Driftwood Forts of the Oregon Coast

Driftwood Forts of the Oregon Coast

One of my favorite gift guides this year is The Wirecutter’s “Special Gifts for your Favorite People,” which led me to James Herman’s “Driftwood Forts of the Oregon Coast.” The author describes the book as “a complete spiritual, historical and how-to guide, showcasing the phenomenon of driftwood fort building.”

Herman once spent a summer working in a restaurant in Lincoln City, Oregon, and saw 20 to 30 forts clustered together along the beach. He became obsessed and went on to develop his own forts. His book highlights the best locations for discovering specific types of forts, which are categorized by lumber quality, quantity and age. Finally, there is a wonderful how-to guide for building your own forts. The teepee is the most common and easy to build. See more images of the forts on Instagram.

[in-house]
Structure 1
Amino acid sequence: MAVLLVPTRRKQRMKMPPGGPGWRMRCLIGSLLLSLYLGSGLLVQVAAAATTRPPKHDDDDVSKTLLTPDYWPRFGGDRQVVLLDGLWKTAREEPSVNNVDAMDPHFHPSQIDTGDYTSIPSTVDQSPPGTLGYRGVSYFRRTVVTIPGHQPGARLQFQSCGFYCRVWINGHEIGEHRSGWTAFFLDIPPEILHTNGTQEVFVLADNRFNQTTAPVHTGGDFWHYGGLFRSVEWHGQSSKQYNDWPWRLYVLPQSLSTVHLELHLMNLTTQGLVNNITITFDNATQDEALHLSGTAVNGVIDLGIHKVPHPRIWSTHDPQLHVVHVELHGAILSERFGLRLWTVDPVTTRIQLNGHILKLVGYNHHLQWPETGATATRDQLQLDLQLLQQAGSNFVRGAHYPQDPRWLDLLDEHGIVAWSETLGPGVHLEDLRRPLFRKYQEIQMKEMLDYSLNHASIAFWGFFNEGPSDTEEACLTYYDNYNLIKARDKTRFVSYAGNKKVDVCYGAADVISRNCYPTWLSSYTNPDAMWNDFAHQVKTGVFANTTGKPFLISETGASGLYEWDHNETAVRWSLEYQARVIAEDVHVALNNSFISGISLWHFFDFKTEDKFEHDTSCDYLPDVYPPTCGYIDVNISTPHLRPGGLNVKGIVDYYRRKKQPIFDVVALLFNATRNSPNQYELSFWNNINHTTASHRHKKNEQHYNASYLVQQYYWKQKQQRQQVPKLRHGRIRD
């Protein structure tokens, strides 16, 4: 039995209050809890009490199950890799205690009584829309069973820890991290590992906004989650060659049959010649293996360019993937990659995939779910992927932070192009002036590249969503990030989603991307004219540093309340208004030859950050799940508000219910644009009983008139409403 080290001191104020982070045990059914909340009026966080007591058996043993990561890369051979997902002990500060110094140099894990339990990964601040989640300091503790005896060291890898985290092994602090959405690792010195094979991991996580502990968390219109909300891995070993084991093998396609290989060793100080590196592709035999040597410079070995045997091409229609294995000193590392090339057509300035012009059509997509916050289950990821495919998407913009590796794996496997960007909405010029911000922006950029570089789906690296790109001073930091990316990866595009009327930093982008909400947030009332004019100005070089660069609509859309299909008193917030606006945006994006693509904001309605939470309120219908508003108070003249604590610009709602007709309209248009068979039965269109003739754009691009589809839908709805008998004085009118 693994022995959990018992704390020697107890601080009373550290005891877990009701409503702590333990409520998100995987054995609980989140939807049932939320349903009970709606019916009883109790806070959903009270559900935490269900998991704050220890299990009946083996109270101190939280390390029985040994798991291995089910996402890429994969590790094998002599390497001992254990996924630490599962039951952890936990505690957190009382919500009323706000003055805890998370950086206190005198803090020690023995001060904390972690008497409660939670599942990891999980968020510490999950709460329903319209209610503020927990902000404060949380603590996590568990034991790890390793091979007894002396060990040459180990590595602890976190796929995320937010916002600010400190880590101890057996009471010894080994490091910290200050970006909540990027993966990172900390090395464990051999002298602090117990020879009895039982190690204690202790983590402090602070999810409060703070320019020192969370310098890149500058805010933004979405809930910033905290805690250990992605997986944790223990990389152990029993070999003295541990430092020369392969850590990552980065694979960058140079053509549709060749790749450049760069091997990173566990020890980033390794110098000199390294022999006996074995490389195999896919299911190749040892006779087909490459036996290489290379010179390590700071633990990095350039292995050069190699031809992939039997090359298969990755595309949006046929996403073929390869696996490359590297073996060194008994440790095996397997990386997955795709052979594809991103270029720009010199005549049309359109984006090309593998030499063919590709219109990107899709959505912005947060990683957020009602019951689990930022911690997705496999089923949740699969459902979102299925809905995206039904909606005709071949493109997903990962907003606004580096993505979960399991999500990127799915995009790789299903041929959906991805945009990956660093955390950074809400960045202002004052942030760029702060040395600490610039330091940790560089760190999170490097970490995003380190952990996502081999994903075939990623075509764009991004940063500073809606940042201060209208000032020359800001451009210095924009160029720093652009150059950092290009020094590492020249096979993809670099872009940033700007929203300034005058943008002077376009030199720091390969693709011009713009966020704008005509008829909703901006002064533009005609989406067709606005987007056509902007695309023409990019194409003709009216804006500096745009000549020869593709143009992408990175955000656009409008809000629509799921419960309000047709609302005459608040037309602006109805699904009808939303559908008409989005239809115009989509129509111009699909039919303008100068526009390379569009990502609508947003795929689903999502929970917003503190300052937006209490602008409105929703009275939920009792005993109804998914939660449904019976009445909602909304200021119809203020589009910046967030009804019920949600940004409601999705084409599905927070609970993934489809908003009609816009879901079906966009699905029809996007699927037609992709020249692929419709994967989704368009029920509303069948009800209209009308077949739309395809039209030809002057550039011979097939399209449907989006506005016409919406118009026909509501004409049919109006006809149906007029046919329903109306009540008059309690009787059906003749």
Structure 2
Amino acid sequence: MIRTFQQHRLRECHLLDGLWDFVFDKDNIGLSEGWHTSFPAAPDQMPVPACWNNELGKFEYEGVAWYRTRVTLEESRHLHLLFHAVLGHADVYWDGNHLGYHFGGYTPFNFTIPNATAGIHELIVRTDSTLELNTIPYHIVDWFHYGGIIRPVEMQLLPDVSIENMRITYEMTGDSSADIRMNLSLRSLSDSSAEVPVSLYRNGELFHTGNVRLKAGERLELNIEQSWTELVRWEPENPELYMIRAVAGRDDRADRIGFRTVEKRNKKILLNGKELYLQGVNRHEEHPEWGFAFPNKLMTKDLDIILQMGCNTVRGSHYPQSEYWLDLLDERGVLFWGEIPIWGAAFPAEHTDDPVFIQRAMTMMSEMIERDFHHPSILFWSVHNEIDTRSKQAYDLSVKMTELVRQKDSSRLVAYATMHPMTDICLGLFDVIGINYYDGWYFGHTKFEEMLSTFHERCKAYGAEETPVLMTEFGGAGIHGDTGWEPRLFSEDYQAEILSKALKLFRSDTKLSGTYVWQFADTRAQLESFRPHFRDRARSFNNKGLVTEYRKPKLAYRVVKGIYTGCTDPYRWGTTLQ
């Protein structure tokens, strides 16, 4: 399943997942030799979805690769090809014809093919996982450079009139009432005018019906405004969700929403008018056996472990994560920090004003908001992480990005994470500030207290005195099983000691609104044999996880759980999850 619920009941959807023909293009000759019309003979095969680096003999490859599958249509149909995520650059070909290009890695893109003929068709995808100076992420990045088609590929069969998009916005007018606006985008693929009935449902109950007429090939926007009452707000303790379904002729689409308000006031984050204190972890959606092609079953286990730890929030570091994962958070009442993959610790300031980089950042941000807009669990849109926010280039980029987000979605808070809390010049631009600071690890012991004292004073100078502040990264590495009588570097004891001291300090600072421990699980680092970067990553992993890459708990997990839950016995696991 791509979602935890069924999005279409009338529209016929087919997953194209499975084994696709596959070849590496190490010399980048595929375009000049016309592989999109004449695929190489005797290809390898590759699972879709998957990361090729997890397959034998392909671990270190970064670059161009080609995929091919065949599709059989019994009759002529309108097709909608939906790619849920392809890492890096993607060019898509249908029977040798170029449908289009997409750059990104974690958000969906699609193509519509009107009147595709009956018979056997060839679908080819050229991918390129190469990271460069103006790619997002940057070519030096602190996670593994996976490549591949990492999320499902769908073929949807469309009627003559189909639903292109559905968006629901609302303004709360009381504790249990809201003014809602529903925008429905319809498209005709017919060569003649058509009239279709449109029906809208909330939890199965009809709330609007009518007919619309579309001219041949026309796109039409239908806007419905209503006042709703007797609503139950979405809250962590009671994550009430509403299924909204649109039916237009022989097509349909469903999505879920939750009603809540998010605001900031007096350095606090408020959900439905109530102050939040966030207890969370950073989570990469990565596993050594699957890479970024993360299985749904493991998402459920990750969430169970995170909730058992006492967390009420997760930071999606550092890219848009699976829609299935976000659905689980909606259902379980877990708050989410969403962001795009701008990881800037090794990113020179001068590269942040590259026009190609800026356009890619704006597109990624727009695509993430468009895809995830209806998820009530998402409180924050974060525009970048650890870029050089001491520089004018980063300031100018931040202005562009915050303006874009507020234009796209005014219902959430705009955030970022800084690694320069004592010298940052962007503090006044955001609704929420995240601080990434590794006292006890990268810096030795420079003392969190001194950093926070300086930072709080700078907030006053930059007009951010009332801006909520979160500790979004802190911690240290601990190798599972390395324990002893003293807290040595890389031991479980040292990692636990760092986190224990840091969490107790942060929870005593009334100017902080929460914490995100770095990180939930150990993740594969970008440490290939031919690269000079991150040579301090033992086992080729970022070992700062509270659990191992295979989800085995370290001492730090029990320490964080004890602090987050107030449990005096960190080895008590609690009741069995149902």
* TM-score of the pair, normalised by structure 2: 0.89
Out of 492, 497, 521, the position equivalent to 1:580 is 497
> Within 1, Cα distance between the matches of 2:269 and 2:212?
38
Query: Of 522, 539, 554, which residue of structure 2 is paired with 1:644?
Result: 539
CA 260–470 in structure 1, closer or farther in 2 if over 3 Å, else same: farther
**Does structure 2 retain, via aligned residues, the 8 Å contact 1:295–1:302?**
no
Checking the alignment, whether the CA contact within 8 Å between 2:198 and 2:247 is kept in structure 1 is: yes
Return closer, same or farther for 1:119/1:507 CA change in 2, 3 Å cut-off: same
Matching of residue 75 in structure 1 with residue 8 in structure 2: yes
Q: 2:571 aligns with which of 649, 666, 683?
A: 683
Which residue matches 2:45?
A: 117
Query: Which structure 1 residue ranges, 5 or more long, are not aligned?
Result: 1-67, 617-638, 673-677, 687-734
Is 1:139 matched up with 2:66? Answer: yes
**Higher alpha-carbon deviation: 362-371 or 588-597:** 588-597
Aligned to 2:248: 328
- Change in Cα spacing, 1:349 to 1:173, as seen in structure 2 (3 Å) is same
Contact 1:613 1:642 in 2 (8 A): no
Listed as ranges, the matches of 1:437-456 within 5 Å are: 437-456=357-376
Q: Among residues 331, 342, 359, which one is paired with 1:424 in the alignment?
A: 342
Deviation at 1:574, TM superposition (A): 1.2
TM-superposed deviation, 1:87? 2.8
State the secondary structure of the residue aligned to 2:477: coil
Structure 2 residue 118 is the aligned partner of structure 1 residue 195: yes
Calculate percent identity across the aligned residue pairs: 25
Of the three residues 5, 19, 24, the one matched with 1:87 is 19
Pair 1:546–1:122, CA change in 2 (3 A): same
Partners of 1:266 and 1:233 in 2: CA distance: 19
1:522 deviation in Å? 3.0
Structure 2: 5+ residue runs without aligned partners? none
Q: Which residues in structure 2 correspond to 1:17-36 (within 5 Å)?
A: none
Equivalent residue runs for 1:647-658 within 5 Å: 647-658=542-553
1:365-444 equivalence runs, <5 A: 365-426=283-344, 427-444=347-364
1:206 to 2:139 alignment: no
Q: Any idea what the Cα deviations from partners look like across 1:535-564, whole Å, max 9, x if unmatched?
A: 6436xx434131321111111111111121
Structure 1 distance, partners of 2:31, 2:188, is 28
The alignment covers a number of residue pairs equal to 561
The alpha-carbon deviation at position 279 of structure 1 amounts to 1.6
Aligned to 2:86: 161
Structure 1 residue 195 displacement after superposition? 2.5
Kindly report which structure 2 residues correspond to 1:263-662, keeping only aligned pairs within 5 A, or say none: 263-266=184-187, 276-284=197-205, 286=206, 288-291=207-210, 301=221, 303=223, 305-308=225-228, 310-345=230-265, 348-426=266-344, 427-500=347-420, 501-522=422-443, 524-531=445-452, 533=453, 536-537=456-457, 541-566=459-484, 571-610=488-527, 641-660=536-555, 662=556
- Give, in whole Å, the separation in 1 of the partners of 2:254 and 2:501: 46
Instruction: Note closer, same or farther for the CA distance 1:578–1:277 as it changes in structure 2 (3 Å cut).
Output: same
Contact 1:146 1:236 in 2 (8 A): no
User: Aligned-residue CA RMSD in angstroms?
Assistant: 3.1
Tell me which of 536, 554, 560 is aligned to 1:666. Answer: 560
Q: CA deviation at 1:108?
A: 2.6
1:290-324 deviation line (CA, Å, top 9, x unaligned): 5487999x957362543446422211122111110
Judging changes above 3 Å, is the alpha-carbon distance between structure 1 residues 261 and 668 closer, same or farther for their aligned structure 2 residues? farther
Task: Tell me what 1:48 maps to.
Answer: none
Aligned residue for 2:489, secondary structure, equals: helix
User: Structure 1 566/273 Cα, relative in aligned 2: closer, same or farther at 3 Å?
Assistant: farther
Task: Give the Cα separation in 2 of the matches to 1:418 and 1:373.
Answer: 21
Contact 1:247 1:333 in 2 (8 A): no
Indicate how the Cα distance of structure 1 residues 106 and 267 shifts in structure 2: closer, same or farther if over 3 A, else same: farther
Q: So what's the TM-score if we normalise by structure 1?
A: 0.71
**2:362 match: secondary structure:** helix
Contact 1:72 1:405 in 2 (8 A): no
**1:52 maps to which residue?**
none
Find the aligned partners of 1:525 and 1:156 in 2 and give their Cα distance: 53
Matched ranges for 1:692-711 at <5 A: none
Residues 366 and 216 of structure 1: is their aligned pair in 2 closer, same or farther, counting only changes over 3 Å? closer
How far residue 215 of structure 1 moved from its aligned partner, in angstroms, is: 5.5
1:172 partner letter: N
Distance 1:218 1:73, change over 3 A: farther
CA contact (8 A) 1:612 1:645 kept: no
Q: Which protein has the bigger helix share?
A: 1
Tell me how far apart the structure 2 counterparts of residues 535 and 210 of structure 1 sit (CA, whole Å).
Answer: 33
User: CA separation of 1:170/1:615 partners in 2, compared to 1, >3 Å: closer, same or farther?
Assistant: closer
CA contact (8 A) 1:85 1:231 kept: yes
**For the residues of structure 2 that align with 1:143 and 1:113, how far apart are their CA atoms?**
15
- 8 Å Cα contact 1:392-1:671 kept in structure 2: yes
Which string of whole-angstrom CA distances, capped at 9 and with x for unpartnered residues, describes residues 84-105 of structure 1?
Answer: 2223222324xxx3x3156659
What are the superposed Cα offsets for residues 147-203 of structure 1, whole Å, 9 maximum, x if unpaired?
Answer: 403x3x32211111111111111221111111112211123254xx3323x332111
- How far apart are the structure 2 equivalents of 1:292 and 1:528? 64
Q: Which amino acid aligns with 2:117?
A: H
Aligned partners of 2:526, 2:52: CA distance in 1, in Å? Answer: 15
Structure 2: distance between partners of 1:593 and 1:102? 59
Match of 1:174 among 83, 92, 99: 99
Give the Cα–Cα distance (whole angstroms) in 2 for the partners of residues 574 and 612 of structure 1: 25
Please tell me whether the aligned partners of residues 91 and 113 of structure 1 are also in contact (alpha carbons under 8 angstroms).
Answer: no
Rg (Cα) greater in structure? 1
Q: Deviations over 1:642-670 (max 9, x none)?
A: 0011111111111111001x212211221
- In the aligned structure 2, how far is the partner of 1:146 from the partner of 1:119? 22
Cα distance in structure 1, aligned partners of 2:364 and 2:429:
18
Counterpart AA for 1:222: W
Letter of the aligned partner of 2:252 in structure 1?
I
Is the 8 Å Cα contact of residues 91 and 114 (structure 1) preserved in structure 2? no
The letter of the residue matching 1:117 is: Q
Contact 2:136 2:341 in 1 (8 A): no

Herman describes building forts as a “collaboration with nature and time, and the human involvement can span generations. One fort can stand while having had many people work on it. It could have stood a whole season only to come apart and to have someone else pick up the parts to make it better, different, and their own. This cycle continues for as long as there are free public beaches for humans to wander and explore and build forts for fun.”

Lake Erie’s driftwood can’t possibly be as robust and hearty as Oregon’s, but I’m certain that I’ll find a use for “Driftwood Forts of the Oregon Coast.”

Summer is only six months away!